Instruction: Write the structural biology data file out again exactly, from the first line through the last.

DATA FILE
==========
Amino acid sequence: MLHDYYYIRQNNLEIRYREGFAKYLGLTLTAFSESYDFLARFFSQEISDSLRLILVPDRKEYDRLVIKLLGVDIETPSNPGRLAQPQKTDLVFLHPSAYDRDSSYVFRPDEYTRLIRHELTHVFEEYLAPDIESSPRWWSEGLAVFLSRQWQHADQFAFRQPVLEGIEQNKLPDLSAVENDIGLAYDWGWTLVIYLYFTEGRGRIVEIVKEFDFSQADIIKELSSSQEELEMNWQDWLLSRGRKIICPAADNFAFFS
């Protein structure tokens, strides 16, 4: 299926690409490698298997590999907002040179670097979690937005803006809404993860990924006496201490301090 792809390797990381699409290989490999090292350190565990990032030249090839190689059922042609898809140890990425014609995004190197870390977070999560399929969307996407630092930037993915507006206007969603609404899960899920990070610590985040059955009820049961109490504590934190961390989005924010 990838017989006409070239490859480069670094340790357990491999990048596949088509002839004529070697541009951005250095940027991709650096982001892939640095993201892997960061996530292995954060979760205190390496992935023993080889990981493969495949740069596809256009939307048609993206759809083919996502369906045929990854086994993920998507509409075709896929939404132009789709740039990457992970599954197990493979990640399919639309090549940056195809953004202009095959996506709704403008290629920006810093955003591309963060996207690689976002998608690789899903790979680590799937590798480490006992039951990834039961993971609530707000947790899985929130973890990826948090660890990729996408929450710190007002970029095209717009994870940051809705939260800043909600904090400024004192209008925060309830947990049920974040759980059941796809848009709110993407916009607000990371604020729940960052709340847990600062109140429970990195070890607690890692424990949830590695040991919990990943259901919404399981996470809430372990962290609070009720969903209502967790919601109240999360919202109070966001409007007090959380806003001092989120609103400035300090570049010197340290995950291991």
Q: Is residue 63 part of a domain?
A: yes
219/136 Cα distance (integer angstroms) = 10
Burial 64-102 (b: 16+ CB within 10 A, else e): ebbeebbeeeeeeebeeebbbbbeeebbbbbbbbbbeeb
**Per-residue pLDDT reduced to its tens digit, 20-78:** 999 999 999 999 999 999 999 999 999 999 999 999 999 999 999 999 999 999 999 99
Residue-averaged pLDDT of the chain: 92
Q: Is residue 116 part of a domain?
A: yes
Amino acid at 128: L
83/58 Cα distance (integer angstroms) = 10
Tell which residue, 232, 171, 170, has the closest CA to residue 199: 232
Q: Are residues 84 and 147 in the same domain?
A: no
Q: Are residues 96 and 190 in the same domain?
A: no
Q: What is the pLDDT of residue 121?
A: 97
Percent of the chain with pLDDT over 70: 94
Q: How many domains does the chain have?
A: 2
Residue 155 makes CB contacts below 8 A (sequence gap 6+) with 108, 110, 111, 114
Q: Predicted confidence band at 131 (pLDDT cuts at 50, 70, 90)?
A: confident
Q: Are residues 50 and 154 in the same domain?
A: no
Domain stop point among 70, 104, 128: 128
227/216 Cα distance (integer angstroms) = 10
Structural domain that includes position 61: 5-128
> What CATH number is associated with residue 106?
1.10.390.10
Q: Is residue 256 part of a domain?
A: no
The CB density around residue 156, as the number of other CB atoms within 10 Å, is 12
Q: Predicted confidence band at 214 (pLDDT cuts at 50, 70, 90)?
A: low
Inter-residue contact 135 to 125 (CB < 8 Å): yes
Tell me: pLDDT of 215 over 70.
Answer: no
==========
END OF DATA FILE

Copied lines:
Amino acid sequence: MLHDYYYIRQNNLEIRYREGFAKYLGLTLTAFSESYDFLARFFSQEISDSLRLILVPDRKEYDRLVIKLLGVDIETPSNPGRLAQPQKTDLVFLHPSAYDRDSSYVFRPDEYTRLIRHELTHVFEEYLAPDIESSPRWWSEGLAVFLSRQWQHADQFAFRQPVLEGIEQNKLPDLSAVENDIGLAYDWGWTLVIYLYFTEGRGRIVEIVKEFDFSQADIIKELSSSQEELEMNWQDWLLSRGRKIICPAADNFAFFS
């Protein structure tokens, strides 16, 4: 299926690409490698298997590999907002040179670097979690937005803006809404993860990924006496201490301090 792809390797990381699409290989490999090292350190565990990032030249090839190689059922042609898809140890990425014609995004190197870390977070999560399929969307996407630092930037993915507006206007969603609404899960899920990070610590985040059955009820049961109490504590934190961390989005924010 990838017989006409070239490859480069670094340790357990491999990048596949088509002839004529070697541009951005250095940027991709650096982001892939640095993201892997960061996530292995954060979760205190390496992935023993080889990981493969495949740069596809256009939307048609993206759809083919996502369906045929990854086994993920998507509409075709896929939404132009789709740039990457992970599954197990493979990640399919639309090549940056195809953004202009095959996506709704403008290629920006810093955003591309963060996207690689976002998608690789899903790979680590799937590798480490006992039951990834039961993971609530707000947790899985929130973890990826948090660890990729996408929450710190007002970029095209717009994870940051809705939260800043909600904090400024004192209008925060309830947990049920974040759980059941796809848009709110993407916009607000990371604020729940960052709340847990600062109140429970990195070890607690890692424990949830590695040991919990990943259901919404399981996470809430372990962290609070009720969903209502967790919601109240999360919202109070966001409007007090959380806003001092989120609103400035300090570049010197340290995950291991």
Q: Is residue 63 part of a domain?
A: yes
219/136 Cα distance (integer angstroms) = 10
Burial 64-102 (b: 16+ CB within 10 A, else e): ebbeebbeeeeeeebeeebbbbbeeebbbbbbbbbbeeb
**Per-residue pLDDT reduced to its tens digit, 20-78:** 999 999 999 999 999 999 999 999 999 999 999 999 999 999 999 999 999 999 999 99
Residue-averaged pLDDT of the chain: 92
Q: Is residue 116 part of a domain?
A: yes
Amino acid at 128: L
83/58 Cα distance (integer angstroms) = 10
Tell which residue, 232, 171, 170, has the closest CA to residue 199: 232
Q: Are residues 84 and 147 in the same domain?
A: no
Q: Are residues 96 and 190 in the same domain?
A: no
Q: What is the pLDDT of residue 121?
A: 97
Percent of the chain with pLDDT over 70: 94
Q: How many domains does the chain have?
A: 2
Residue 155 makes CB contacts below 8 A (sequence gap 6+) with 108, 110, 111, 114
Q: Predicted confidence band at 131 (pLDDT cuts at 50, 70, 90)?
A: confident
Q: Are residues 50 and 154 in the same domain?
A: no
Domain stop point among 70, 104, 128: 128
227/216 Cα distance (integer angstroms) = 10
Structural domain that includes position 61: 5-128
> What CATH number is associated with residue 106?
1.10.390.10
Q: Is residue 256 part of a domain?
A: no
The CB density around residue 156, as the number of other CB atoms within 10 Å, is 12
Q: Predicted confidence band at 214 (pLDDT cuts at 50, 70, 90)?
A: low
Inter-residue contact 135 to 125 (CB < 8 Å): yes
Tell me: pLDDT of 215 over 70.
Answer: no